The agents take Emily to the hospital, where a doctor orders a biopsy of the blotch, calling it a cyst. While Scully tries to relay Emily’s medical history to the doctor, Mulder watches the biopsy, suddenly calling for the doctor performing it to stop. She doesn’t listen, and when she punctures the cyst, green stuff gushes out. The doctor passes out from the toxins in the goo, but Emily is unaffected.

Emily is quarantined and sleeps while Scully asks Mulder why he wanted the procedure stopped. He says he realized that Emily could have the same chemistry as beings they’ve encountered before. He had the doctor placed in a cooling bath, as Scully did for him when he was exposed. Scully worries that this will be the way the rest of Emily’s life goes. The other doctor, Vinet, tells the agents that he contacted Calderon, but he refused to release Emily’s records from his medical trial. Calderon also insists that Scully has no authority over Emily.

Mulder goes to see Calderon himself but gets the same resistance Vinet did. Calderon says it has to do with the company’s legal liability. Mulder pounds on the guy a little, demanding to know what the pharmaceutical company really does. He angrily asks if Calderon’s life is worth saving more than Emily’s. Calderon won’t answer, but Mulder promises he’ll be back for answers. When Calderon leaves the office in a hurry, Mulder follows him.

Scully chats with Emily before she’s taken to undergo some tests. Emily says her mom told her she wouldn’t have to have any more tests. Scully tells her they just want her to get better. Meanwhile, Mulder follows Calderon to a house where he meets with the two suited men Marshall Sim met with in the previous episode. He warns them that Mulder is on to them, but they’re not concerned. One of them sticks Calderon with an alien ice pick, so now he’s out of the equation. Both suited men then make themselves look like Calderon. Mulder follows one of them as he leaves the house.

Vinet tells Scully that Emily has some sort of infection that’s growing rapidly, cycling through her central nervous system. One of the fake Calderons passes by in the hallway, unnoticed, as Vinet tells Scully that they don’t have many options for treatment. The fake Calderon gets access to Emily’s room, leaving just as Scully returns. She chases the fake doctor, pulling her gun when he ignores her. When she reaches him, he’s become someone else.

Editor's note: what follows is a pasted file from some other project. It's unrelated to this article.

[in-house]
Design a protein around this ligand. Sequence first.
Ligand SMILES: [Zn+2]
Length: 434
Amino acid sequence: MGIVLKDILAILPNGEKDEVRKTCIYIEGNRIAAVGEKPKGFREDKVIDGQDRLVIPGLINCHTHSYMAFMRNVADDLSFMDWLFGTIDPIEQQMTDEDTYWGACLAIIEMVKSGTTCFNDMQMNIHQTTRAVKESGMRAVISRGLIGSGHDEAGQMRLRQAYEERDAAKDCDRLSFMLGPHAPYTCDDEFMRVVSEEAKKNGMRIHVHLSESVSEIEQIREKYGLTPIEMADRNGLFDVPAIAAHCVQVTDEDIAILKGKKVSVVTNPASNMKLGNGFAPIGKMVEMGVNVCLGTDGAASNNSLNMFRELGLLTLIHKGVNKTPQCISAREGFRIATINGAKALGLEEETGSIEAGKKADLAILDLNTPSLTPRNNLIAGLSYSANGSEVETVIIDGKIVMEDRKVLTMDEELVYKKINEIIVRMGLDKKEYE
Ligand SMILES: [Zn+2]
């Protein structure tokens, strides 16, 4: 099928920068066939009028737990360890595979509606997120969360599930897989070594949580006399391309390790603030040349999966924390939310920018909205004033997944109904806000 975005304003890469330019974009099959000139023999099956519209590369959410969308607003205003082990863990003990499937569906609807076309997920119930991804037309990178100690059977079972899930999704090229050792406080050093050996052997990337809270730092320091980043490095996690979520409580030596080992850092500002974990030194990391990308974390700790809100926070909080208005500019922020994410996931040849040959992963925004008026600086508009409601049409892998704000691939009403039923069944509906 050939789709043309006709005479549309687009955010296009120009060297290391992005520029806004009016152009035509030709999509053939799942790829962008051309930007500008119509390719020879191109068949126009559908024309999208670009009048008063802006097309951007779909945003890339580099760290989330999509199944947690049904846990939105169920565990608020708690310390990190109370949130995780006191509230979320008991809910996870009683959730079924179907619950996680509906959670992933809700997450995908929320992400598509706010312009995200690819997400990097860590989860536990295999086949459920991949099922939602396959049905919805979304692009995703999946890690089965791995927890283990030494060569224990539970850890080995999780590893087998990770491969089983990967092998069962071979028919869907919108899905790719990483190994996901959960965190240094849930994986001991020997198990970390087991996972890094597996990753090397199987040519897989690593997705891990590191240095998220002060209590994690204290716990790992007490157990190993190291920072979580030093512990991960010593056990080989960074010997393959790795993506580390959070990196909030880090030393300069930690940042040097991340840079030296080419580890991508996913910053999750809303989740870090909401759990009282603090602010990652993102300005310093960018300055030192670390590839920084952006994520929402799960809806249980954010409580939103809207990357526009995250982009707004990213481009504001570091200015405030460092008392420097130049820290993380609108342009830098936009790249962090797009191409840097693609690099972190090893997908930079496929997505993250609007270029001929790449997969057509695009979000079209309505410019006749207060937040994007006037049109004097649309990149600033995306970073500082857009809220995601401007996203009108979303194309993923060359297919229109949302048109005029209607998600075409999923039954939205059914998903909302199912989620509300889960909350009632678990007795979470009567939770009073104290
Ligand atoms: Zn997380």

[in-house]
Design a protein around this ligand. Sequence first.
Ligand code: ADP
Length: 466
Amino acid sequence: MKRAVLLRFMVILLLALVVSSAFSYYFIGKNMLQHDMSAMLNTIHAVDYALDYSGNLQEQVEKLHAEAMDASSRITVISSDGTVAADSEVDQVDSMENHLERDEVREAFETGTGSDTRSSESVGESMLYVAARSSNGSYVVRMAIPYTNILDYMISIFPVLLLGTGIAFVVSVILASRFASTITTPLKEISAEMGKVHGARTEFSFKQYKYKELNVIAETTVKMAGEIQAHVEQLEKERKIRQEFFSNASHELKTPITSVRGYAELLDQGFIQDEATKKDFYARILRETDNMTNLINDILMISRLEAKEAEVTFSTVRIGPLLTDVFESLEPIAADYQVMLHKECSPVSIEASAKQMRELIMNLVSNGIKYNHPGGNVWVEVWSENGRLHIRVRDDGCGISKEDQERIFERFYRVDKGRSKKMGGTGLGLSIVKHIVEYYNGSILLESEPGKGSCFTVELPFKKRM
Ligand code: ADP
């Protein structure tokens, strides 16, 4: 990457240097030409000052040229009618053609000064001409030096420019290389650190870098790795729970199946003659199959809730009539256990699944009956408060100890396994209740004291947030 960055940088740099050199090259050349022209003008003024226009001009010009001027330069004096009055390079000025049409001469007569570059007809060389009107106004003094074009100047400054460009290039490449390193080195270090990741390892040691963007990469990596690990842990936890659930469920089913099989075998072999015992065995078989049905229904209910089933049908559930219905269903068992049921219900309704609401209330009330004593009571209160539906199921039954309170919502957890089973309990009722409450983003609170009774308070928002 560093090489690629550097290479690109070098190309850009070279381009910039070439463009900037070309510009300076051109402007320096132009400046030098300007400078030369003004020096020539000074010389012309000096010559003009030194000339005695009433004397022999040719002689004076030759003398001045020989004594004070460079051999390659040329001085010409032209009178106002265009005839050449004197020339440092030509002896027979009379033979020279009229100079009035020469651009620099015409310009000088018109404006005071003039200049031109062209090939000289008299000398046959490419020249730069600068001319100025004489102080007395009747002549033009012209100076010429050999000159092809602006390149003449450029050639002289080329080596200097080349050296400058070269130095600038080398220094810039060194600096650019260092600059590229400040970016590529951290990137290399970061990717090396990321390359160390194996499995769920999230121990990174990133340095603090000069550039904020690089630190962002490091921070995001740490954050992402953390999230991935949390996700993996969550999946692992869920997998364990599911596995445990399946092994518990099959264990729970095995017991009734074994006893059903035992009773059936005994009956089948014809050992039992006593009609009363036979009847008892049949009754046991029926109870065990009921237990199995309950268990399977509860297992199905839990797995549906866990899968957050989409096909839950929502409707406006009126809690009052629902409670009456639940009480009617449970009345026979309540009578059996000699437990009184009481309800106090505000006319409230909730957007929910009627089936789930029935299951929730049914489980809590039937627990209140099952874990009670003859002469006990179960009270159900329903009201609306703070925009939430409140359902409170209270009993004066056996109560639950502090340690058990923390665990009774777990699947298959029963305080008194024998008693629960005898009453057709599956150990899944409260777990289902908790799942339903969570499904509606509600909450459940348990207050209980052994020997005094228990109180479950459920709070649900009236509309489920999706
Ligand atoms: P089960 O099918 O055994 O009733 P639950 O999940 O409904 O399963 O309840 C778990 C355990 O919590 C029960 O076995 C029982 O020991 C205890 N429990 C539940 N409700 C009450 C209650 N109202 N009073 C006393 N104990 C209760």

Mulder follows the other fake Calderon to the pharmaceutical company, getting confused when Scully calls to tell him Calderon was at the hospital and may have injected Emily with something. Mulder thinks the doctor was there to treat her. He believes the pharmaceutical company wants to protect her, but for reasons different from their own. Krisge arrives at the hospital, and Scully fills him in, theorizing that the pharmaceutical company wants to keep performing tests on Emily. Meanwhile, Mulder follows Calderon to a retirement home, where he finds a resident named Anna Fugazzi.

Back at the hospital, Vinet tells Scully that Emily’s condition seems to be improving, but her tests show more problems. Basically, she’s doomed. Susan, the social worker, tells Scully that the court doesn’t think Scully’s decisions are helping Emily. They think Calderon’s treatments were helping her, and she’s getting worse because they ceased. Scully’s upset that people think she’s not trying to save her daughter’s life. Susan points out that she doesn’t have any rights to make decisions for Emily. Scully makes it clear that if the court removes Emily from the hospital, she’ll get worse.

Mulder calls Frohike, who looks up the names of other residents at the retirement home. All of the women had babies in the past few years, despite being in their ’70s or older. They’re also receiving hormones that pregnant women wouldn’t need to be given. Mulder asks Anna about Calderon, who she says is supposed to be there – she was supposed to start her “beauty sleep.” At the hospital, Emily is placed in a hyperbaric chamber, so she’s just having the worst Christmas ever. She gets upset, and Scully notices something wriggling under her skin.